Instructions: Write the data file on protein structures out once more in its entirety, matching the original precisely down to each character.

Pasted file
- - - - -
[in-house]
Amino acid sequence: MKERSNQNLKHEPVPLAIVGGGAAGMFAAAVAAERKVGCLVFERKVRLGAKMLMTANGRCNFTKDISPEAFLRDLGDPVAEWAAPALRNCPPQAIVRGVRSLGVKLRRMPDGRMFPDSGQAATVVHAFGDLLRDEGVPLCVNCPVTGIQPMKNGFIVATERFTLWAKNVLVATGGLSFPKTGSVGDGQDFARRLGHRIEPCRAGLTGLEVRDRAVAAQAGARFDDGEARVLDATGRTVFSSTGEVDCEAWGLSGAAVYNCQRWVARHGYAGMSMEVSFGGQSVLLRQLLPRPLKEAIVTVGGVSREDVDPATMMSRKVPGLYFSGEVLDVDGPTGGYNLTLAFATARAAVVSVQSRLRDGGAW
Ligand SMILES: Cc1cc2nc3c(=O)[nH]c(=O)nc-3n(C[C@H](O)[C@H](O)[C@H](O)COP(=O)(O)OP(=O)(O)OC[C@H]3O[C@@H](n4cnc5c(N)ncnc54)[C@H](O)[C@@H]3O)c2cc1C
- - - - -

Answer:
[in-house]
Amino acid sequence: MKERSNQNLKHEPVPLAIVGGGAAGMFAAAVAAERKVGCLVFERKVRLGAKMLMTANGRCNFTKDISPEAFLRDLGDPVAEWAAPALRNCPPQAIVRGVRSLGVKLRRMPDGRMFPDSGQAATVVHAFGDLLRDEGVPLCVNCPVTGIQPMKNGFIVATERFTLWAKNVLVATGGLSFPKTGSVGDGQDFARRLGHRIEPCRAGLTGLEVRDRAVAAQAGARFDDGEARVLDATGRTVFSSTGEVDCEAWGLSGAAVYNCQRWVARHGYAGMSMEVSFGGQSVLLRQLLPRPLKEAIVTVGGVSREDVDPATMMSRKVPGLYFSGEVLDVDGPTGGYNLTLAFATARAAVVSVQSRLRDGGAW
Ligand SMILES: Cc1cc2nc3c(=O)[nH]c(=O)nc-3n(C[C@H](O)[C@H](O)[C@H](O)COP(=O)(O)OP(=O)(O)OC[C@H]3O[C@@H](n4cnc5c(N)ncnc54)[C@H](O)[C@@H]3O)c2cc1C